Half of all reported crime 'is cyber crime or fraud'
Written by Peter Walker
Up to half of all reported financial crime is either fraud or cyber crime, despite fraud being underreported and only one in eight cases being investigated.
At last week’s Personal Investment Management and Financial Advice Association (PIMFA) Financial Crime Conference, City of London Police commissioner Ian Dyson emphasised this point, stating that three quarters of all fraud crimes reported are cyber-enabled – “it’s now a lot easier than robbing a bank and the rewards are far greater”.
It was suggested in one panel session that London has become the money laundering capital of the world, with detection a prevalent challenge as external and internal auditing only picks up four and 16 per cent of fraud respectively, with whistleblowing unmasking up to 40 per cent of issues.
Hywel Jenkins, a partner at Herbert Smith Freehills, stated that whistleblowing reports are a good source of intelligence for firms and the regulators about potential misconduct. “Equally importantly, people feeling confident that issues can be raised without fear of detriment is seen as a key factor in creating the right culture within firms; this is an area of continued focus from the regulators and therefore high up the agenda for firms and their senior management.”
The conference heard that a technological arms race is emerging, as criminals equip themselves with similarly smart systems to financial institutions.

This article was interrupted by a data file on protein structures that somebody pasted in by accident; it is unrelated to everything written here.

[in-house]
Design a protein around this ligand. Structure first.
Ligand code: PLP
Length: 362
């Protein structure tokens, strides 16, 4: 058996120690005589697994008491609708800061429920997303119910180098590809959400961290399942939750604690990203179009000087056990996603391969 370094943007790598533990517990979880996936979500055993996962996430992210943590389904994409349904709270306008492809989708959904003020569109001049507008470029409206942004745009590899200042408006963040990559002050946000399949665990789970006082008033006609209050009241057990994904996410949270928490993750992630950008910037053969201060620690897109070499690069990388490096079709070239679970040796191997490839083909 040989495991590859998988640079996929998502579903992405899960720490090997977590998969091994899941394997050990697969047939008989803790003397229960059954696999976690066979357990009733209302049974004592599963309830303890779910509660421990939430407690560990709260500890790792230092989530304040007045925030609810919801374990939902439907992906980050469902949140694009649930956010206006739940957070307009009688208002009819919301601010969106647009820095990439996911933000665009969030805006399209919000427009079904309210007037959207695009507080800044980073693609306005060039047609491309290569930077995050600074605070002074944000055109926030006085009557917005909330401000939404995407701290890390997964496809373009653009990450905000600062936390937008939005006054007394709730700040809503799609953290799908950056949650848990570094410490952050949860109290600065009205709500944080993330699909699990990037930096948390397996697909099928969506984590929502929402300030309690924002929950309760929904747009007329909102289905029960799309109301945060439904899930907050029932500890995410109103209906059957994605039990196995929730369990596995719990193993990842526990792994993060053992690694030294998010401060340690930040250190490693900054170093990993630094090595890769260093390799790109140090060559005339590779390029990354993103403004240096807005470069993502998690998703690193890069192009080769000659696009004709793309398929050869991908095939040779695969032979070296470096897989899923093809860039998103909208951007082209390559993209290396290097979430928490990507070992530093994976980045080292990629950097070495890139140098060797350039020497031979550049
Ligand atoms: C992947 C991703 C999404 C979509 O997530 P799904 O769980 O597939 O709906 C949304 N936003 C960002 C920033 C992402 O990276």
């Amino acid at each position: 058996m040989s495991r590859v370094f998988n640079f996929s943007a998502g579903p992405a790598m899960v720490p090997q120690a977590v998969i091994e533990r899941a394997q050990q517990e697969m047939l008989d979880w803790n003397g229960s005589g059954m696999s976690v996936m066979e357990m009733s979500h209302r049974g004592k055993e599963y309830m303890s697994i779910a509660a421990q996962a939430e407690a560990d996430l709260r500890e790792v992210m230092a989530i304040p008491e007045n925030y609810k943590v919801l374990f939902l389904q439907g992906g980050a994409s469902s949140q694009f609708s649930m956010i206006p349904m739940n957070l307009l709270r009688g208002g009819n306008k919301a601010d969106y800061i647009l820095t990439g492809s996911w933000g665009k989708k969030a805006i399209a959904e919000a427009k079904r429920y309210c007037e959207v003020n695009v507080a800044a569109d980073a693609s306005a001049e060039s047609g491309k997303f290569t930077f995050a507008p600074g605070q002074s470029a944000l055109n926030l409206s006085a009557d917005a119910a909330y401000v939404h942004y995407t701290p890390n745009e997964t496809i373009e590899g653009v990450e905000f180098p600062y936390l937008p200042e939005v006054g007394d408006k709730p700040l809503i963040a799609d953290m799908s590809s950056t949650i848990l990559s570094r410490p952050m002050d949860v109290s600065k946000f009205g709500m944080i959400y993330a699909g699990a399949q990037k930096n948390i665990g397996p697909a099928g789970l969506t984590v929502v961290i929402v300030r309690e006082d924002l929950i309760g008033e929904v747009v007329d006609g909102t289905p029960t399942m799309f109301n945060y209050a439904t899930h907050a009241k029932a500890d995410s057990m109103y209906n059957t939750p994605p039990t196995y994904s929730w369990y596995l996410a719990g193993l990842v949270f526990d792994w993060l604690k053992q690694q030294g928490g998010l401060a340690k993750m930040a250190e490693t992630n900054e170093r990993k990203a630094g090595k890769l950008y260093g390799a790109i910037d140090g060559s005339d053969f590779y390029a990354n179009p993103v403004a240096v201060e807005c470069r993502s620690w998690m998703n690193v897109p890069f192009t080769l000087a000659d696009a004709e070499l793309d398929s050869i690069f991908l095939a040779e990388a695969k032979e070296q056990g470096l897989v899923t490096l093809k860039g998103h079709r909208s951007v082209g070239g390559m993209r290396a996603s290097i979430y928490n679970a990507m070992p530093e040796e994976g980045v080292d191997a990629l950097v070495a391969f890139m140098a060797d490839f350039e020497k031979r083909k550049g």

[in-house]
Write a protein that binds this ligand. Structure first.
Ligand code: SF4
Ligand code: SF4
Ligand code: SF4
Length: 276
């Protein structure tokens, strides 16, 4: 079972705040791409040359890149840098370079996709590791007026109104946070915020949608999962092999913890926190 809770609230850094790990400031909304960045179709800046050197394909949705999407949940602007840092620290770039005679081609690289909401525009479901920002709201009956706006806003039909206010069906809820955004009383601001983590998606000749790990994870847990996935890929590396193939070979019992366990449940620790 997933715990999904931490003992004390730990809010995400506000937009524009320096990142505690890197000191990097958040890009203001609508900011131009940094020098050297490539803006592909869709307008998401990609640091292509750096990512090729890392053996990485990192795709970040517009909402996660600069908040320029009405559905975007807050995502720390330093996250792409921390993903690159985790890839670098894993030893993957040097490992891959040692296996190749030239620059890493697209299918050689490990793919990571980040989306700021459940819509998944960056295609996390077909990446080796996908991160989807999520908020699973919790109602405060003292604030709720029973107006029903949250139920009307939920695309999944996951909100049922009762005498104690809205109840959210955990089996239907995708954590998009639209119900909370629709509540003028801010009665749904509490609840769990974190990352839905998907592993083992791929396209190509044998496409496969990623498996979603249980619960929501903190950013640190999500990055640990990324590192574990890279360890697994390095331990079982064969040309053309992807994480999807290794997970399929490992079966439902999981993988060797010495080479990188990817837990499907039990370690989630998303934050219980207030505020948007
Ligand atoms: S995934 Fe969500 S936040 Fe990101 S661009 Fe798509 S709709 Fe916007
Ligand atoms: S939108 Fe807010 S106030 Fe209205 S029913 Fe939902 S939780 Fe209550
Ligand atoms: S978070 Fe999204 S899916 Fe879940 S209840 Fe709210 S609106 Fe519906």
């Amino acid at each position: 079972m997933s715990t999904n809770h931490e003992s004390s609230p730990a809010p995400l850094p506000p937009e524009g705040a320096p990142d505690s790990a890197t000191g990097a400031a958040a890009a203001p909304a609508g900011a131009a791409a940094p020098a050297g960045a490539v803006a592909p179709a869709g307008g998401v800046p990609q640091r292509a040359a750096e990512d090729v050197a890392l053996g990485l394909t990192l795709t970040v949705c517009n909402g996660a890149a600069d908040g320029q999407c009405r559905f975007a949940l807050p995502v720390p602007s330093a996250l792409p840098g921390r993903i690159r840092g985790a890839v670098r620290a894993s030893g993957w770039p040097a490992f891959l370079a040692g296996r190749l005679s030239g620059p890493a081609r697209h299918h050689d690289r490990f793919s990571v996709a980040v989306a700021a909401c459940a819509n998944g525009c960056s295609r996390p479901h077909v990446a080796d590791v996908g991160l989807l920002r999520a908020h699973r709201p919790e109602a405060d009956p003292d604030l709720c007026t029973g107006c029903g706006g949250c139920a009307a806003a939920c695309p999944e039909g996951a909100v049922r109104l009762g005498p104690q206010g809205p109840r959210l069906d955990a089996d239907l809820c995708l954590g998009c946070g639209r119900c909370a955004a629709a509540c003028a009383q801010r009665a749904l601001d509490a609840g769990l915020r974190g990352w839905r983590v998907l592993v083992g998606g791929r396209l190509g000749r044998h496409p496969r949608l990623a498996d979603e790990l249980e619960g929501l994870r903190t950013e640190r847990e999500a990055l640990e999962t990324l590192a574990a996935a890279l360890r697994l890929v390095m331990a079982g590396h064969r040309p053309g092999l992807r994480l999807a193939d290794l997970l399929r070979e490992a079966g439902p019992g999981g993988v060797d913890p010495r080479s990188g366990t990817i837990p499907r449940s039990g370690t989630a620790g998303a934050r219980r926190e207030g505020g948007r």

Jon Cosson, chief information security officer at JM Finn, said that while organisations continue to develop their cyber security strategies, it is evident that cyber criminals are focusing their attention to supply chain and clients, which are deemed easier prey.
“Organisations are as strong as their weakest link, criminals and fraudsters are very aware of this; businesses need to think beyond their perimeter and reach out to their clients, educating them and developing verified communication channels.”
Max Bruce, cyber protect officer at the National Fraud Intelligence Bureau, spoke about the cost and scale of fraud, sharing that 741,000 frauds were reported last year, from up to the total value of £2.2b billion in victim losses; with only 35 per cent of reports from individual victims.
He also highlighted that 86 per cent of fraud was cyber-enabled – a third by mobile, 13 per cent via online shopping and 12 per cent by email.
PIMFA chief executive Liz Field said: “Technology is advancing every day, which, if mishandled can be used against us – fraud and cyber-crime is rising and becoming more advanced.
“We will continue to work closely across the industry, including the City of London Police, the National Fraud Intelligence Bureau, the National Crime Agency, the regulators and our firms to help tackle financial crime and help protect clients.”